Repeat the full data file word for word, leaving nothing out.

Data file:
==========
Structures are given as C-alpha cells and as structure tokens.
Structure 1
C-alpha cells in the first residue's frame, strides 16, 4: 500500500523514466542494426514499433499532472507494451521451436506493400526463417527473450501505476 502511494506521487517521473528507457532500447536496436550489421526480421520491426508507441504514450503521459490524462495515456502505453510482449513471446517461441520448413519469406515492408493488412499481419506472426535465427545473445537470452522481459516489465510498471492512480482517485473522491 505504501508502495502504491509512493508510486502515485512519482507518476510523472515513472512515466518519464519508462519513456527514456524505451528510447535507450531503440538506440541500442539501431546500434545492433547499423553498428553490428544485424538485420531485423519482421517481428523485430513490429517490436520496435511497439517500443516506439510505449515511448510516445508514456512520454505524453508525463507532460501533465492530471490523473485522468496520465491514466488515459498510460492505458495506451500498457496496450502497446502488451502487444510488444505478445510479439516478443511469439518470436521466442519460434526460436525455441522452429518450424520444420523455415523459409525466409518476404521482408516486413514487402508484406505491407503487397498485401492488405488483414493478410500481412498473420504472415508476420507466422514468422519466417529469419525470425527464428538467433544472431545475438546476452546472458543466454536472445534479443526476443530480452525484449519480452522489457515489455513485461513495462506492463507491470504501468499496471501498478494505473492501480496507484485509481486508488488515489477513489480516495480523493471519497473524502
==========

Structures are given as C-alpha cells and as structure tokens.
Structure 1
C-alpha cells in the first residue's frame, strides 16, 4: 500500500523514466542494426514499433499532472507494451521451436506493400526463417527473450501505476 502511494506521487517521473528507457532500447536496436550489421526480421520491426508507441504514450503521459490524462495515456502505453510482449513471446517461441520448413519469406515492408493488412499481419506472426535465427545473445537470452522481459516489465510498471492512480482517485473522491 505504501508502495502504491509512493508510486502515485512519482507518476510523472515513472512515466518519464519508462519513456527514456524505451528510447535507450531503440538506440541500442539501431546500434545492433547499423553498428553490428544485424538485420531485423519482421517481428523485430513490429517490436520496435511497439517500443516506439510505449515511448510516445508514456512520454505524453508525463507532460501533465492530471490523473485522468496520465491514466488515459498510460492505458495506451500498457496496450502497446502488451502487444510488444505478445510479439516478443511469439518470436521466442519460434526460436525455441522452429518450424520444420523455415523459409525466409518476404521482408516486413514487402508484406505491407503487397498485401492488405488483414493478410500481412498473420504472415508476420507466422514468422519466417529469419525470425527464428538467433544472431545475438546476452546472458543466454536472445534479443526476443530480452525484449519480452522489457515489455513485461513495462506492463507491470504501468499496471501498478494505473492501480496507484485509481486508488488515489477513489480516495480523493471519497473524502